I am captivated by any kind of artwork that is displayed on a flat surface but has the appearance of being a three-dimensional object.
To me, sidewalk chalk artists are the epitome of 3-D magicians. A little shading here, a little tweaking of perspective there, and a dimensional landscape appears on level pavement. Isn’t it magic how the eye can create depth where there really isn’t any? How fascinating that light and shadow applied with pencil, brush, or chalk can create dimension on a flat surface.
I have often wondered if a similar effect could be translated into fabric. Then I discovered isometric graph paper! Who knew?! If you draw an object on it, decide on a direction of an imaginary light source, and apply three values of shading ... Voilà!—a dimensional object materializes.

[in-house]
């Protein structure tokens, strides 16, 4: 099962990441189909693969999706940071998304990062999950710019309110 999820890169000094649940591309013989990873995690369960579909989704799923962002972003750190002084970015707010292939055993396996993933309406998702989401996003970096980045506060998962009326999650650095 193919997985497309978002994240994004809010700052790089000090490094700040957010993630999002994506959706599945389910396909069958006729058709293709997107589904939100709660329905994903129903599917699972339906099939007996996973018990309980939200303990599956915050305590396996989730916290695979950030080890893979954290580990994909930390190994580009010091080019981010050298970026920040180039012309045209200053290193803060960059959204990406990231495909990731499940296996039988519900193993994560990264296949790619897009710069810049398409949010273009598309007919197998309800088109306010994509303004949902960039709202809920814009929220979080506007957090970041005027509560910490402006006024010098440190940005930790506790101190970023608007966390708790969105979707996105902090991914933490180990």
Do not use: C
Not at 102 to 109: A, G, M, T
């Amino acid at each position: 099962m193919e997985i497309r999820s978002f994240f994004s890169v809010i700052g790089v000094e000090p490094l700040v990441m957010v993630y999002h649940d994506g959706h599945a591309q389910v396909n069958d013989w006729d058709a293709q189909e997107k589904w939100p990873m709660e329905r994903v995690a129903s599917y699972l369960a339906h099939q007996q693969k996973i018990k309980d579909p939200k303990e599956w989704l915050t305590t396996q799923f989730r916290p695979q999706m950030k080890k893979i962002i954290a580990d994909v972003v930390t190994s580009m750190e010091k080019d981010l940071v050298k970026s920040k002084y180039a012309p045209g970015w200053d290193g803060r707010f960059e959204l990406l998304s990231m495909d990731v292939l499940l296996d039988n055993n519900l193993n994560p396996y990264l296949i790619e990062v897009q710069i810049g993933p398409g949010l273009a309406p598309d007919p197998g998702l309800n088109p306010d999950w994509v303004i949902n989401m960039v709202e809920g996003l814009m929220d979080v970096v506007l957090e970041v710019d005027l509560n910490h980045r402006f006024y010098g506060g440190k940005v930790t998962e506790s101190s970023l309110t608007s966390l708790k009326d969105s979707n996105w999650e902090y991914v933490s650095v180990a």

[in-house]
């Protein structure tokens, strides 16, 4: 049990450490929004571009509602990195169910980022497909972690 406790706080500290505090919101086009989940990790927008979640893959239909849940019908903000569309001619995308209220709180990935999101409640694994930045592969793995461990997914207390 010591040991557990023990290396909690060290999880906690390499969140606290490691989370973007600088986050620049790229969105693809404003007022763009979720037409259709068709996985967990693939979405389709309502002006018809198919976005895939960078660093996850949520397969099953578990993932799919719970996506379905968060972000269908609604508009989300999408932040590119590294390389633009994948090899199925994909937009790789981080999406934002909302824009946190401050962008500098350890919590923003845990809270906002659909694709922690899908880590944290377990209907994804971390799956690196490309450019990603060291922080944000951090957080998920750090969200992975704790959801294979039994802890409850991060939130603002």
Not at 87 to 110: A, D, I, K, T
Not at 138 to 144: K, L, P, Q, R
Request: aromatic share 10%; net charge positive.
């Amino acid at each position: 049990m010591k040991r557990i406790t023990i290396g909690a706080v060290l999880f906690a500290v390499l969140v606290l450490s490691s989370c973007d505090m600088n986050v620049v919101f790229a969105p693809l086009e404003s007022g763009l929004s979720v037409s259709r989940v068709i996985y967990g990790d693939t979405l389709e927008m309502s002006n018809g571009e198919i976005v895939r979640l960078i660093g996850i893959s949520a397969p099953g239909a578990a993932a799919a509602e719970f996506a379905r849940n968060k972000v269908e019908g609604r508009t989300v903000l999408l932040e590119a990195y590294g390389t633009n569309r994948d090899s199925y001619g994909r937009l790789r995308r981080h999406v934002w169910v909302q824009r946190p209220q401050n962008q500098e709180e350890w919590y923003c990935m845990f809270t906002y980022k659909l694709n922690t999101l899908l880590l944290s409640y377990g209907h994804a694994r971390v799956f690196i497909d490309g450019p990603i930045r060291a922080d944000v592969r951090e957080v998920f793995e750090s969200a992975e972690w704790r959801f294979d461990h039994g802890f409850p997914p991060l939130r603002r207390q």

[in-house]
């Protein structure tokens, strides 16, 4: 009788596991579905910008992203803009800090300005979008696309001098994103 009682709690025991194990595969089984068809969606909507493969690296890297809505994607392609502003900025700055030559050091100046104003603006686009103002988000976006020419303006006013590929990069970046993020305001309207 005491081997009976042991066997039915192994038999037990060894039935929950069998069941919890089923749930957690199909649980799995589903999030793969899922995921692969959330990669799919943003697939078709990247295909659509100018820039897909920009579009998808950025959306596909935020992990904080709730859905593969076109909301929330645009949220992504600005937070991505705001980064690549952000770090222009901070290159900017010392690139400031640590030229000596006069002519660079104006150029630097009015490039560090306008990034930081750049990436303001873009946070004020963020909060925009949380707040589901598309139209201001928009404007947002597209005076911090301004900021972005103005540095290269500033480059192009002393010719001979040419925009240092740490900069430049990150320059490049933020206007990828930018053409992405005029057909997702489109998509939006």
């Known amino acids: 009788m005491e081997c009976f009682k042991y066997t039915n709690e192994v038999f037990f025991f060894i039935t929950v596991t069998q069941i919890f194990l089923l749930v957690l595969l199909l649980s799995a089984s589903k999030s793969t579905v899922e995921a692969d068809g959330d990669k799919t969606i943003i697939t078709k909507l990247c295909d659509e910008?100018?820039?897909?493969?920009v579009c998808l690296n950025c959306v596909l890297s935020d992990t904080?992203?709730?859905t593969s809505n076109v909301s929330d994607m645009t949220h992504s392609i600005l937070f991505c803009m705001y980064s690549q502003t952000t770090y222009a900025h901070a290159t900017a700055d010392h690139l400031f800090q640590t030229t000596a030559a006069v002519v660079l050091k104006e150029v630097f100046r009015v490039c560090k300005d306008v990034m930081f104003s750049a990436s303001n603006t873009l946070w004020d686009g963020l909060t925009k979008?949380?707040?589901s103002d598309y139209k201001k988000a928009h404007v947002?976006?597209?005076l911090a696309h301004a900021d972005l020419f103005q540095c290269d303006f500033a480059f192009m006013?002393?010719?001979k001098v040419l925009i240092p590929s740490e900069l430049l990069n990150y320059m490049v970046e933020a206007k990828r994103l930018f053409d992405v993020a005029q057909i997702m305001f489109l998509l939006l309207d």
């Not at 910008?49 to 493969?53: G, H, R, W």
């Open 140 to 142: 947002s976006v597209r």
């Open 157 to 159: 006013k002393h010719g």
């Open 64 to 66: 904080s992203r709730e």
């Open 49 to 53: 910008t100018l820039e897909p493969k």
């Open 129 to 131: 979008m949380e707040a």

I noticed that 60° paper really is just vertical stacks of equilateral triangles. The triangles could easily be fabric in light, medium, and dark values to mimic the shading done with a pencil. The columns with triangles constructed vertically would eliminate any need for set-in seams, and the completed columns sewn together create the illusion of depth.
Following this idea to conclusion, any gadget, gizmo, or doojigger you dare to imagine can become a 3-D quilt. The sky’s the limit!